Once upon a time we thought El Nino was bad. Katrina and Sandy were recognized as historic storms. Things got worse. The storms grew, and in desperation humanity retreated underground. Now the surface is ravaged by continent sized super-storms called hypercanes that have lasted for decades, and the only things able to survive are amphibious-primate mutants that do not look kindly on humans.
Jansin has only known life underground. Life may be governed by strict rules and limited supplies, but thanks to birth and training, she is among the cream of the crop. She knows that there is no one left alive above ground, no way for anyone to live above ground in the face of the storms and the decimation of civilization they caused. About to graduate from the military academy, her life has direction and she wants to dedicate it to protecting the way of life that keeps humanity alive.
Then on a once-in-a-lifetime vacation to the surface her world view is shattered. Jansin must re-evaluate who she is, and what she believes in, risking her life in the process.
I liked this book. Jansin is a competent and self-aware character who grows throughout the story. Additionally, I really appreciate that the relationships aren't instantaneous love, but rather attraction that is allowed to grow and develop. There is a nice balance between technology, intrigue, and pacing. Overall a decent read.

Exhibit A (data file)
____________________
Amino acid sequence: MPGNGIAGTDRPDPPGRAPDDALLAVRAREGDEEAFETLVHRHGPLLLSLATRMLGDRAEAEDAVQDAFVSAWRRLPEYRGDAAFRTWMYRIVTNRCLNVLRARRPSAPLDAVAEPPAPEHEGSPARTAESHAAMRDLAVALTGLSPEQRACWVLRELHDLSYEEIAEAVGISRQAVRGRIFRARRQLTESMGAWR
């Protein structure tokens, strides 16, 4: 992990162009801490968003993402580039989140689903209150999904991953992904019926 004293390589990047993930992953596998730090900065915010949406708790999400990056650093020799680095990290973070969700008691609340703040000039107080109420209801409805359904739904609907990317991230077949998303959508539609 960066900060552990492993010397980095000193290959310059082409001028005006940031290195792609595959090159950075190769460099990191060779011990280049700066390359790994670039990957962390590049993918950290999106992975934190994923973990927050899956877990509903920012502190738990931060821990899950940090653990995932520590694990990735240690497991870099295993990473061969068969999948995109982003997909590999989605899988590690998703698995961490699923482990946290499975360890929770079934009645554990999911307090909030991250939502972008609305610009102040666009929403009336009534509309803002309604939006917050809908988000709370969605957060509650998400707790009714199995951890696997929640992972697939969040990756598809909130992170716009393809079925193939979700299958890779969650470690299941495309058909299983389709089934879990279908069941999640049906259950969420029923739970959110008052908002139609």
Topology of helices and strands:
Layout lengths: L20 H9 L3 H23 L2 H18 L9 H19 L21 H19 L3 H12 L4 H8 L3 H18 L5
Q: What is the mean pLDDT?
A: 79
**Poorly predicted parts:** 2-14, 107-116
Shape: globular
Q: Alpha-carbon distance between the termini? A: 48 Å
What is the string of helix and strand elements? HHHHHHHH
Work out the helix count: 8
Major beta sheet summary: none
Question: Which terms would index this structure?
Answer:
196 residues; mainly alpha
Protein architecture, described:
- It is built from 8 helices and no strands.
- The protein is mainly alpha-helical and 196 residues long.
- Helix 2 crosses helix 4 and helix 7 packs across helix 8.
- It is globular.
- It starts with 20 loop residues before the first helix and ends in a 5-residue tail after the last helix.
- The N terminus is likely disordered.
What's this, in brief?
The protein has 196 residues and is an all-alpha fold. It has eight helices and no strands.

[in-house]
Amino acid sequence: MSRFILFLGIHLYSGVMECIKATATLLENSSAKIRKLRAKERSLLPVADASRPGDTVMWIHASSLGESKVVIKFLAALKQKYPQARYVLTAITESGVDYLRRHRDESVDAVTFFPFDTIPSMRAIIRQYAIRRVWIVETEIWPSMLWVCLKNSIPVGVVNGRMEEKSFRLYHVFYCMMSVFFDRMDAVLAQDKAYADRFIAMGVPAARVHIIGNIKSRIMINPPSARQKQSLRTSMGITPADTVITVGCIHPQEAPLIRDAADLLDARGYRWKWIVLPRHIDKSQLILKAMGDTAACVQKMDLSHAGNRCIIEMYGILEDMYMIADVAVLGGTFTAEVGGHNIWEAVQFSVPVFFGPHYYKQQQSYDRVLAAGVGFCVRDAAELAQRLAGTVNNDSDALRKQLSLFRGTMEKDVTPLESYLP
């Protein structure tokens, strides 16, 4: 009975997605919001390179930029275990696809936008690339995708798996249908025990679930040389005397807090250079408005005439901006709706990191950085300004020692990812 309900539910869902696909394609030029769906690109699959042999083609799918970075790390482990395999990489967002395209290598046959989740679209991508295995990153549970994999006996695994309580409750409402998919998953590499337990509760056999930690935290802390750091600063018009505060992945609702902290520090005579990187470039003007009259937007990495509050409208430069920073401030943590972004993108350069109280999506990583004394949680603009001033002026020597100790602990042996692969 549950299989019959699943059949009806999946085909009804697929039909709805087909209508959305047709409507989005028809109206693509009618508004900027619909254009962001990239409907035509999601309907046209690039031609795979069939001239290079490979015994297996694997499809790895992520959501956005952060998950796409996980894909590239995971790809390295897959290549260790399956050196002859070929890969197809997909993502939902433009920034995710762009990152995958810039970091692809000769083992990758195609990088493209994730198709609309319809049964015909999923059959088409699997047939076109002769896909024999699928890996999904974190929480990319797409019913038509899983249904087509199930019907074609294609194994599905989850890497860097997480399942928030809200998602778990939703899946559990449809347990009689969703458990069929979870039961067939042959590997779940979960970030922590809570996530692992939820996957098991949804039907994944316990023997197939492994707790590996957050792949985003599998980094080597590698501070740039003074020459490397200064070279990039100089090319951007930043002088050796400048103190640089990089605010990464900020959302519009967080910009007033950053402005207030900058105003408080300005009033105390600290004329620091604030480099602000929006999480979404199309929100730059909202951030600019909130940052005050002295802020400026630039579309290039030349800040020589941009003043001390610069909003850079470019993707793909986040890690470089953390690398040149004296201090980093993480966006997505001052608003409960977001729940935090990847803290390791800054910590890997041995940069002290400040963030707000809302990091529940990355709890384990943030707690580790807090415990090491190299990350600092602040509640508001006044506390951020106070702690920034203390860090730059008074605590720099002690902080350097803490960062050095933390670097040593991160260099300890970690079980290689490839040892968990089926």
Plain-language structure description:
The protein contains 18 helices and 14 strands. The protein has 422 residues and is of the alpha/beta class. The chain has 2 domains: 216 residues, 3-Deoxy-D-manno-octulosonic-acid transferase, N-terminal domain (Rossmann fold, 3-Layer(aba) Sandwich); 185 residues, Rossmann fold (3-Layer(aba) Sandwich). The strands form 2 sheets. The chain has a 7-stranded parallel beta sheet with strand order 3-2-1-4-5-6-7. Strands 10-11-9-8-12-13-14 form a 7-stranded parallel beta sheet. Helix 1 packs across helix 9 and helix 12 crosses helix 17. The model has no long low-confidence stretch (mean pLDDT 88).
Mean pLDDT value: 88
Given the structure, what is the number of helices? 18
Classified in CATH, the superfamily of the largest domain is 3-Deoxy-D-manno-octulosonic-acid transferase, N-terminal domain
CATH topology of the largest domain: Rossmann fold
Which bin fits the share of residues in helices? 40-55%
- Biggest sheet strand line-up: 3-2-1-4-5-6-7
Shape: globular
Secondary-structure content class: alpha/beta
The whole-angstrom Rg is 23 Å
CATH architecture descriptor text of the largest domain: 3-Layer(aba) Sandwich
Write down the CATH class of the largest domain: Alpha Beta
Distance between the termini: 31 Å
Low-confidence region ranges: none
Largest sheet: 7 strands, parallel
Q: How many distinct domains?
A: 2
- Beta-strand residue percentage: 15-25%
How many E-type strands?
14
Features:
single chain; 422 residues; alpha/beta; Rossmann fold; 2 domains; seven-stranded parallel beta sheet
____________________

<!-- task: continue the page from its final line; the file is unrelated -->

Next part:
Like most stories there are some plot holes. In particular I have trouble believing that a military organization that relies so strongly on cultural indoctrination would so quickly bring back someone who is clearly traumatized and perhaps even "not in her right mind" (after all, she's claiming those savages on the surface were her friends and is upset that they were killed) without any attempt at therapy beyond the single visit where she throws a bowl of soup at the doctor. However, overall the plot holes more rely on slight incredulity rather than huge glaring "are you kidding me?" moments. The ending does frustrate me, I don't like how it chops off at what feels like just a chapter end, but that "what happens next?" feeling may very well be what the author intended.
Advanced Reader Copy copy courtesy of Netgalley; differences may exist between uncorrected galley text and the final edition.